Isaac Davison

Isaac Davison is a NZ Herald political reporter.

Disabled fans feel let-down by RWC transport

Andrew McMillan who is a tetraplegic, feels left out in the cold by Eden Park's transport overhaul for the RWC. Photo / Steven McNicholl
Andrew McMillan who is a tetraplegic, feels left out in the cold by Eden Park's transport overhaul for the RWC. Photo / Steven McNicholl

Some disabled fans feel left out in the cold by Eden Park's transport overhaul for the Rugby World Cup.

One says games may no longer be worth attending.

Auckland Transport moved 16,500 people on public transport before and after Saturday's rugby test, but several mobility-impaired people say they struggled under the new transport system, with long waits and frustration.

Eden Park has moved its mobility parks to the corner of Bellwood Ave and Dominion Rd for the tournament, and runs shuttles for the disabled to the stadium's stands.

Mt Albert resident Andrew McMillan, 36, said faults in communication resulted in him waiting in his wheelchair for 45 minutes after Saturday's match for a ride. When no shuttle arrived, he went the three blocks to his pick-up point on his own wheels.

"Is it quite far to go on a wheelchair, especially when it's cold because my arms get pretty stiff," he said.

Mr McMillan said authorities appeared to change pick-up points and blocked his driver from collecting him. He was eventually picked up an hour after the match ended.

Auckland Transport spokesman Wally Thomas said mobility taxis had to be in the Bellwood Ave collection site when the match ended. He said it appeared that road closures had not been communicated to Mr McMillan's driver.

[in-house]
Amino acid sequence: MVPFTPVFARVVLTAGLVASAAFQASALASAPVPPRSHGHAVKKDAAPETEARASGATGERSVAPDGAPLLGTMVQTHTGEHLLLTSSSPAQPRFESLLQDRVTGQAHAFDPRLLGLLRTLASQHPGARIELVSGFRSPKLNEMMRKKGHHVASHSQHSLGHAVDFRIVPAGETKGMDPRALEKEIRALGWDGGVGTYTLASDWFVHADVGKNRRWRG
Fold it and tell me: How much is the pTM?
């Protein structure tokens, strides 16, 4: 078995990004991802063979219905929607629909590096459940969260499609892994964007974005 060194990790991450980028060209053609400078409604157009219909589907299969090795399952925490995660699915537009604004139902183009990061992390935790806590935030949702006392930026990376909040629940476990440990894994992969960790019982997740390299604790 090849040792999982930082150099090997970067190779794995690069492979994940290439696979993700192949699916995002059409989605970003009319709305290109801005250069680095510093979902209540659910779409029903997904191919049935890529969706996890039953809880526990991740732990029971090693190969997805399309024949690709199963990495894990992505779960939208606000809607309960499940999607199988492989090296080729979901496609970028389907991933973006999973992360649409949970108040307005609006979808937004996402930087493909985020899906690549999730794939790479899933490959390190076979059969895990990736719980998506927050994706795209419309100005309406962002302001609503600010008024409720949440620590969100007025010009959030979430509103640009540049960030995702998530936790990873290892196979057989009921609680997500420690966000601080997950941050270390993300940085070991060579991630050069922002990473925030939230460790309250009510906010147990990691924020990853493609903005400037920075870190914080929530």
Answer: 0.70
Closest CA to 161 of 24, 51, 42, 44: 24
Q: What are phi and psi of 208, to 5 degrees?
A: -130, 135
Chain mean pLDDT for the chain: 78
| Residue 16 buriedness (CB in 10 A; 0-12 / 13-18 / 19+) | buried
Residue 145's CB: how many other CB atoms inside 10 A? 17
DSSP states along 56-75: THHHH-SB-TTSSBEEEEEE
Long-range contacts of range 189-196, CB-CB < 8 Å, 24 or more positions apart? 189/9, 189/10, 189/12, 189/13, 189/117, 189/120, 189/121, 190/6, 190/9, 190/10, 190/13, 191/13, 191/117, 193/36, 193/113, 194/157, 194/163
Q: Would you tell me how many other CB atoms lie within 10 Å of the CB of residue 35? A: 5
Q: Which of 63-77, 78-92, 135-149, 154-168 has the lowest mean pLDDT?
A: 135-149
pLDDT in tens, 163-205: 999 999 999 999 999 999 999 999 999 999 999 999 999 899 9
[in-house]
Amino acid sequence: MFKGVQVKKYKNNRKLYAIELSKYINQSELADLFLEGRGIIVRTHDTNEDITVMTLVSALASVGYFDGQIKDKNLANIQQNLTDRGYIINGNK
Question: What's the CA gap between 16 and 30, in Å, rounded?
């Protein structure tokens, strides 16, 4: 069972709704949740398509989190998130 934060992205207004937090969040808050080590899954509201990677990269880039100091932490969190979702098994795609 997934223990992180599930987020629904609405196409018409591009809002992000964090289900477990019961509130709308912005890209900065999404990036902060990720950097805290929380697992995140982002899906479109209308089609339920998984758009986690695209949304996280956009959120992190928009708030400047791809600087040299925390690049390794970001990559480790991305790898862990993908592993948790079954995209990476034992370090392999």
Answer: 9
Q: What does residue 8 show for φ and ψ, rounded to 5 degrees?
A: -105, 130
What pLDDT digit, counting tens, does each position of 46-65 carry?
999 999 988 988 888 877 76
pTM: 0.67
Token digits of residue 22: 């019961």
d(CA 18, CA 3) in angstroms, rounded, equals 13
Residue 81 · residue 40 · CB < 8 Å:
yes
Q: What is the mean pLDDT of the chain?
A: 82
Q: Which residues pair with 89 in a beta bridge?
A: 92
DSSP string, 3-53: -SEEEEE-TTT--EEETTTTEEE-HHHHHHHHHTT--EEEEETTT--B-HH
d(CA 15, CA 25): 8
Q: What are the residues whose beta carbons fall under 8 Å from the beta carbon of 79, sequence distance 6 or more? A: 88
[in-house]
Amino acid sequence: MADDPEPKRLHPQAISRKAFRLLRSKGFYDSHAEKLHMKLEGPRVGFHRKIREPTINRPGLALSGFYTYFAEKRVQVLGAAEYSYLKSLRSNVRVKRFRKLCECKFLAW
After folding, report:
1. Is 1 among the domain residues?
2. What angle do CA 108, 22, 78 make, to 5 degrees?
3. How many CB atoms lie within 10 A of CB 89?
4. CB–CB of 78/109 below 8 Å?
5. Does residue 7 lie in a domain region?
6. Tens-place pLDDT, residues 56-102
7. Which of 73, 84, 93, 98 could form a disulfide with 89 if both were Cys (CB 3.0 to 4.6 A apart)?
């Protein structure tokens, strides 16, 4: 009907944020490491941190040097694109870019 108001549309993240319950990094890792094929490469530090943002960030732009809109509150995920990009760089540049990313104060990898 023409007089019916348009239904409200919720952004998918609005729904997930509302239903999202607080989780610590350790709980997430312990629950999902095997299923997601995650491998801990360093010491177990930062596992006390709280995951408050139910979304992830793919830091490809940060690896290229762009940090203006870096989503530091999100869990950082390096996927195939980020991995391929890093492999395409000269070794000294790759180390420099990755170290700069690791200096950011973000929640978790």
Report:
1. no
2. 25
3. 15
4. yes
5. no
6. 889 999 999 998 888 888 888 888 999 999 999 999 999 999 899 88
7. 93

"If there's anything that we need to take out of this it's that we need to work even harder with taxis to ensure that they're aware of disabled access."

Gavin Bruce, from New Lynn, said he was considering cancelling his tickets to seven World Cup games after his trip home from Eden Park left him exhausted and in pain.

Mr Bruce can walk only 100 metres at a time. With train services to west Auckland terminating at Morningside, he required a shuttle to the train station after the match.

"It was extremely difficult to get to [the shuttle]. I did manage to get there, but I was in quite a bit of pain."

After a 45-minute wait for a shuttle he reached the Morningside train station at 10.30pm, an hour and a quarter after the match finished.

Auckland Transport said loading and offloading people from the shuttle was time-consuming and may have led to delays in the service. Sixty-five people were moved by shuttle on Saturday night.

Mr Bruce said: "Unless they can help me with mobility transport, I will be seeking a refund on my pool tickets..." Disabled fans said the stadium had excellent facilities.

Auckland Transport formed a taskforce to improve accessibility for the Rugby World Cup, which included advisers from CCS Disability Action.

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- NZ Herald

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